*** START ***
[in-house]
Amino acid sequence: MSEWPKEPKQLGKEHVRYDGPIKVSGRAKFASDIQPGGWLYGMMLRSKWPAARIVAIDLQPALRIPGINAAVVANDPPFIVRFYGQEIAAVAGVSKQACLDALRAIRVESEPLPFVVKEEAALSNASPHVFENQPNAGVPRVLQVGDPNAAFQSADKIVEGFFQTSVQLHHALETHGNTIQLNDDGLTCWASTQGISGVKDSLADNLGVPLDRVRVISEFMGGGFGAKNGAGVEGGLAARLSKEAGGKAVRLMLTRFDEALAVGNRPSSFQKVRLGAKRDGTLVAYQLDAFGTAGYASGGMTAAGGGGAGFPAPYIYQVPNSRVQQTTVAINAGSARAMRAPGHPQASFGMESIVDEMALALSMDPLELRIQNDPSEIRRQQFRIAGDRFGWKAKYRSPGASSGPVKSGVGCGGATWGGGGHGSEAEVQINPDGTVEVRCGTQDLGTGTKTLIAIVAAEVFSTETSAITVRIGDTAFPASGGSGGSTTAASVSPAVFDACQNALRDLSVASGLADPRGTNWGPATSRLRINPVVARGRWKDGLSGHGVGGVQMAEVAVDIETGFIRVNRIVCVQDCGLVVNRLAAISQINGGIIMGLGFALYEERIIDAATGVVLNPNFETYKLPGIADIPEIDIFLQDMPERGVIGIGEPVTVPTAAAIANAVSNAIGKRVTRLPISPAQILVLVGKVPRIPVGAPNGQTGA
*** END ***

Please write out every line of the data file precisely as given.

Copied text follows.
[in-house]
Amino acid sequence: MSEWPKEPKQLGKEHVRYDGPIKVSGRAKFASDIQPGGWLYGMMLRSKWPAARIVAIDLQPALRIPGINAAVVANDPPFIVRFYGQEIAAVAGVSKQACLDALRAIRVESEPLPFVVKEEAALSNASPHVFENQPNAGVPRVLQVGDPNAAFQSADKIVEGFFQTSVQLHHALETHGNTIQLNDDGLTCWASTQGISGVKDSLADNLGVPLDRVRVISEFMGGGFGAKNGAGVEGGLAARLSKEAGGKAVRLMLTRFDEALAVGNRPSSFQKVRLGAKRDGTLVAYQLDAFGTAGYASGGMTAAGGGGAGFPAPYIYQVPNSRVQQTTVAINAGSARAMRAPGHPQASFGMESIVDEMALALSMDPLELRIQNDPSEIRRQQFRIAGDRFGWKAKYRSPGASSGPVKSGVGCGGATWGGGGHGSEAEVQINPDGTVEVRCGTQDLGTGTKTLIAIVAAEVFSTETSAITVRIGDTAFPASGGSGGSTTAASVSPAVFDACQNALRDLSVASGLADPRGTNWGPATSRLRINPVVARGRWKDGLSGHGVGGVQMAEVAVDIETGFIRVNRIVCVQDCGLVVNRLAAISQINGGIIMGLGFALYEERIIDAATGVVLNPNFETYKLPGIADIPEIDIFLQDMPERGVIGIGEPVTVPTAAAIANAVSNAIGKRVTRLPISPAQILVLVGKVPRIPVGAPNGQTGA